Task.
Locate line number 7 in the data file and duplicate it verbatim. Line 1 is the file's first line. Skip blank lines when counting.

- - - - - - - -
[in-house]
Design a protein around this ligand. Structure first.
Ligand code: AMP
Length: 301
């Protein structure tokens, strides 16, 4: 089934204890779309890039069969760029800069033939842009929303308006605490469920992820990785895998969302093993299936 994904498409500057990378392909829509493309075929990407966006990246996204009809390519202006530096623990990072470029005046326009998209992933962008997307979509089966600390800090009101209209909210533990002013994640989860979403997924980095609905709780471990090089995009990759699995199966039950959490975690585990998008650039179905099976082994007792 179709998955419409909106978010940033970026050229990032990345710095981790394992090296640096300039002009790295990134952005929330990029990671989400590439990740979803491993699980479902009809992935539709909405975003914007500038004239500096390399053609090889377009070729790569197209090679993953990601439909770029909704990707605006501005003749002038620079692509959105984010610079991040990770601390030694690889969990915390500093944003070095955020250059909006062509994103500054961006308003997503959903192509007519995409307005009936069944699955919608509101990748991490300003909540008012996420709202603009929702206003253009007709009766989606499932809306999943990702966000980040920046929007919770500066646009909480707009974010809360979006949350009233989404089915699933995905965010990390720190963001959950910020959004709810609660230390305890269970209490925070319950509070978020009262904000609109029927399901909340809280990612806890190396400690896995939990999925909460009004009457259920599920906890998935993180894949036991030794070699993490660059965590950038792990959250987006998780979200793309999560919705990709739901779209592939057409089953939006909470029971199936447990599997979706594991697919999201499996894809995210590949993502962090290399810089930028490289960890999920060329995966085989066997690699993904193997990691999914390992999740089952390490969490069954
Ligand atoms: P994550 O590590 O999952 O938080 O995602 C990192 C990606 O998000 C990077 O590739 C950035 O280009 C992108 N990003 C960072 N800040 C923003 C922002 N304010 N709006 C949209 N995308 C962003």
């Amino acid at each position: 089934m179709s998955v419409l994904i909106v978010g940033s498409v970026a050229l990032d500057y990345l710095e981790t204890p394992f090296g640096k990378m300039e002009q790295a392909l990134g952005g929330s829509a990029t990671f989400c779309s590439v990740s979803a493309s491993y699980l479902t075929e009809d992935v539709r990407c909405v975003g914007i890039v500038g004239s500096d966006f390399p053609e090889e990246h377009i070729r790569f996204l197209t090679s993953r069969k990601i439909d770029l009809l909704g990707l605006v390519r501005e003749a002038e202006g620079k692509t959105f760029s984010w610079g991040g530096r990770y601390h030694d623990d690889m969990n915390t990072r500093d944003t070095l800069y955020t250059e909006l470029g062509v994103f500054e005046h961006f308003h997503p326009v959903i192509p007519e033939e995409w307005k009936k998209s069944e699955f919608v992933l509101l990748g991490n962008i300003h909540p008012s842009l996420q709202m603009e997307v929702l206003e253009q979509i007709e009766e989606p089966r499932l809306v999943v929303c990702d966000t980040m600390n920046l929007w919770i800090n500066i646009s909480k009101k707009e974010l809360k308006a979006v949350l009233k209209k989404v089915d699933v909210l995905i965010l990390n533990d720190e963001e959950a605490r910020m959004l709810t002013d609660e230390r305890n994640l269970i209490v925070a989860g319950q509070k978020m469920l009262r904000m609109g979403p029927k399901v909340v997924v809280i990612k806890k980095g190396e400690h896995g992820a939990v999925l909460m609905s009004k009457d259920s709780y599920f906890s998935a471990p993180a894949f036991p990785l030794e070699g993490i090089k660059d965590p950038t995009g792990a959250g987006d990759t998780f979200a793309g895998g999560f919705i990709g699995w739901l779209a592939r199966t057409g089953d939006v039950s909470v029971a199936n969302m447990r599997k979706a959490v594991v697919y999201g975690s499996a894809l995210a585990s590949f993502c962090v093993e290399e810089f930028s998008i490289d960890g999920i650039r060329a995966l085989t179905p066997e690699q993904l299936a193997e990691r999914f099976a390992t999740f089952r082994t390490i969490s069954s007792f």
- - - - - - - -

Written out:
């Amino acid at each position: 089934m179709s998955v419409l994904i909106v978010g940033s498409v970026a050229l990032d500057y990345l710095e981790t204890p394992f090296g640096k990378m300039e002009q790295a392909l990134g952005g929330s829509a990029t990671f989400c779309s590439v990740s979803a493309s491993y699980l479902t075929e009809d992935v539709r990407c909405v975003g914007i890039v500038g004239s500096d966006f390399p053609e090889e990246h377009i070729r790569f996204l197209t090679s993953r069969k990601i439909d770029l009809l909704g990707l605006v390519r501005e003749a002038e202006g620079k692509t959105f760029s984010w610079g991040g530096r990770y601390h030694d623990d690889m969990n915390t990072r500093d944003t070095l800069y955020t250059e909006l470029g062509v994103f500054e005046h961006f308003h997503p326009v959903i192509p007519e033939e995409w307005k009936k998209s069944e699955f919608v992933l509101l990748g991490n962008i300003h909540p008012s842009l996420q709202m603009e997307v929702l206003e253009q979509i007709e009766e989606p089966r499932l809306v999943v929303c990702d966000t980040m600390n920046l929007w919770i800090n500066i646009s909480k009101k707009e974010l809360k308006a979006v949350l009233k209209k989404v089915d699933v909210l995905i965010l990390n533990d720190e963001e959950a605490r910020m959004l709810t002013d609660e230390r305890n994640l269970i209490v925070a989860g319950q509070k978020m469920l009262r904000m609109g979403p029927k399901v909340v997924v809280i990612k806890k980095g190396e400690h896995g992820a939990v999925l909460m609905s009004k009457d259920s709780y599920f906890s998935a471990p993180a894949f036991p990785l030794e070699g993490i090089k660059d965590p950038t995009g792990a959250g987006d990759t998780f979200a793309g895998g999560f919705i990709g699995w739901l779209a592939r199966t057409g089953d939006v039950s909470v029971a199936n969302m447990r599997k979706a959490v594991v697919y999201g975690s499996a894809l995210a585990s590949f993502c962090v093993e290399e810089f930028s998008i490289d960890g999920i650039r060329a995966l085989t179905p066997e690699q993904l299936a193997e990691r999914f099976a390992t999740f089952r082994t390490i969490s069954s007792f």